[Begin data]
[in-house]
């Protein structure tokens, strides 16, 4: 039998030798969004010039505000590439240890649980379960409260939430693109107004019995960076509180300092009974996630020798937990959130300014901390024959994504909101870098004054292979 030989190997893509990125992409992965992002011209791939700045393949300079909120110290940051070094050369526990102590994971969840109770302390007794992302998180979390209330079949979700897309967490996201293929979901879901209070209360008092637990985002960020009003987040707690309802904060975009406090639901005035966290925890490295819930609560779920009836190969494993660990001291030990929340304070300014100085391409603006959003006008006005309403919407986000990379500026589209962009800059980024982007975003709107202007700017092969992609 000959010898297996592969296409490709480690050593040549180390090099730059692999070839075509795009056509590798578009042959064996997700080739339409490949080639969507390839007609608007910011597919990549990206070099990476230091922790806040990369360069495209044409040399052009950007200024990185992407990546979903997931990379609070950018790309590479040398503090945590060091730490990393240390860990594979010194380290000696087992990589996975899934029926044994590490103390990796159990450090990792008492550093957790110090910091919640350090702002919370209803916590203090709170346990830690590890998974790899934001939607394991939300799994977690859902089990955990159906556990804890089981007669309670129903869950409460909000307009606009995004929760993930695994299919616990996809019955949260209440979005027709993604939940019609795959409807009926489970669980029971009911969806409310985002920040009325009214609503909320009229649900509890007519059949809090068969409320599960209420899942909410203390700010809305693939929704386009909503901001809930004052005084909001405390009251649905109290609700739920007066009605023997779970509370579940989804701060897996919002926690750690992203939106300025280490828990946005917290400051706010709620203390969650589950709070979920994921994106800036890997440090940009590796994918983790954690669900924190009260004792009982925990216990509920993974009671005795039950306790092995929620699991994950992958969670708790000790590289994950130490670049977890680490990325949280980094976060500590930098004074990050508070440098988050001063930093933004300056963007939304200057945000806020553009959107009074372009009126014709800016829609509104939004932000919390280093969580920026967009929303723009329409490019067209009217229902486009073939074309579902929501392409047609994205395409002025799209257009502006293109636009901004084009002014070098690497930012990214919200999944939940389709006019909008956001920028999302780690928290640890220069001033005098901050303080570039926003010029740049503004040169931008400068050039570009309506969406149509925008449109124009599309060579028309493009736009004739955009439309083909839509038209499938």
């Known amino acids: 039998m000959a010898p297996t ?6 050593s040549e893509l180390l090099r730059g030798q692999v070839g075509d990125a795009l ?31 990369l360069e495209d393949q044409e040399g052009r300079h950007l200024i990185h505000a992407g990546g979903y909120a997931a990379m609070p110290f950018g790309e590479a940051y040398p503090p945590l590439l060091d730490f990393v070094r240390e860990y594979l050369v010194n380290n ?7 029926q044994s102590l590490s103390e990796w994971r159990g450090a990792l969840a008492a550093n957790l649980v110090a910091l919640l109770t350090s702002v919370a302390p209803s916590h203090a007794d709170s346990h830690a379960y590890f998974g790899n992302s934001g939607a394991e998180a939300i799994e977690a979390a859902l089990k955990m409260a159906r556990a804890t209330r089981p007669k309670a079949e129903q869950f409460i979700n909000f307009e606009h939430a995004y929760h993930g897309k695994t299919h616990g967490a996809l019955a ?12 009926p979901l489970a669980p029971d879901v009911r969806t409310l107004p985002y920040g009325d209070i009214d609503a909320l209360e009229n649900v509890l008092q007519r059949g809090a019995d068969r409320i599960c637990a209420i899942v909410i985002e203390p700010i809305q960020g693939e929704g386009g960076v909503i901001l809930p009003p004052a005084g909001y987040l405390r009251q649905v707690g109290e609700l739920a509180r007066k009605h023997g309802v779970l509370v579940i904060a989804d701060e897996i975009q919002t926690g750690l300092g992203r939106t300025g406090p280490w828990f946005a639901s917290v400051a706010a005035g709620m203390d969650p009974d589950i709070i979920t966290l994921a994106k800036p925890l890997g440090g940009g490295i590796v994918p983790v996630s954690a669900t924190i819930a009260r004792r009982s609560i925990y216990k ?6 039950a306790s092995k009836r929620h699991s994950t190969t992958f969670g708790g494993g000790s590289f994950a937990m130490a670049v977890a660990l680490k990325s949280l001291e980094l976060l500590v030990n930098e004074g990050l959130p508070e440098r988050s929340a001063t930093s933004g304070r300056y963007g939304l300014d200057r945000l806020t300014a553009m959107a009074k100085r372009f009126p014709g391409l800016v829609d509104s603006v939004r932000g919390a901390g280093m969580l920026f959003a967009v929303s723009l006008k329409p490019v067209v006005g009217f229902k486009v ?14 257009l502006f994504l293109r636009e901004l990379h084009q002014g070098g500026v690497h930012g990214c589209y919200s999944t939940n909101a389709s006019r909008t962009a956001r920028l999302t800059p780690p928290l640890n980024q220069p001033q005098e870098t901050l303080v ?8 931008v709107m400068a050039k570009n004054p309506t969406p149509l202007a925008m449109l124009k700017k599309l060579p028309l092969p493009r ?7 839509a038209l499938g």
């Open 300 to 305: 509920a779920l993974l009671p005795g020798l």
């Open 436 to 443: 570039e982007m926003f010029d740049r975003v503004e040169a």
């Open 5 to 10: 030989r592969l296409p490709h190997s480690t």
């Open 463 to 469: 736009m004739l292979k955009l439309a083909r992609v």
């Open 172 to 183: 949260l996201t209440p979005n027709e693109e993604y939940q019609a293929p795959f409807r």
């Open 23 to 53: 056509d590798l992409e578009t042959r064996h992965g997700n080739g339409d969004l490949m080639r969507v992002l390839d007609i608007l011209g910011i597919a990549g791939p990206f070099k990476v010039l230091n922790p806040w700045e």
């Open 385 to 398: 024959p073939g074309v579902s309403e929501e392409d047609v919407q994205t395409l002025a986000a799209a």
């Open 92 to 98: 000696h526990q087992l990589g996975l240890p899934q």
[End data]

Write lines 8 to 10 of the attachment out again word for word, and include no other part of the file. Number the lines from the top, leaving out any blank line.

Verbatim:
């Open 172 to 183: 949260l996201t209440p979005n027709e693109e993604y939940q019609a293929p795959f409807r």
């Open 23 to 53: 056509d590798l992409e578009t042959r064996h992965g997700n080739g339409d969004l490949m080639r969507v992002l390839d007609i608007l011209g910011i597919a990549g791939p990206f070099k990476v010039l230091n922790p806040w700045e």
């Open 385 to 398: 024959p073939g074309v579902s309403e929501e392409d047609v919407q994205t395409l002025a986000a799209a």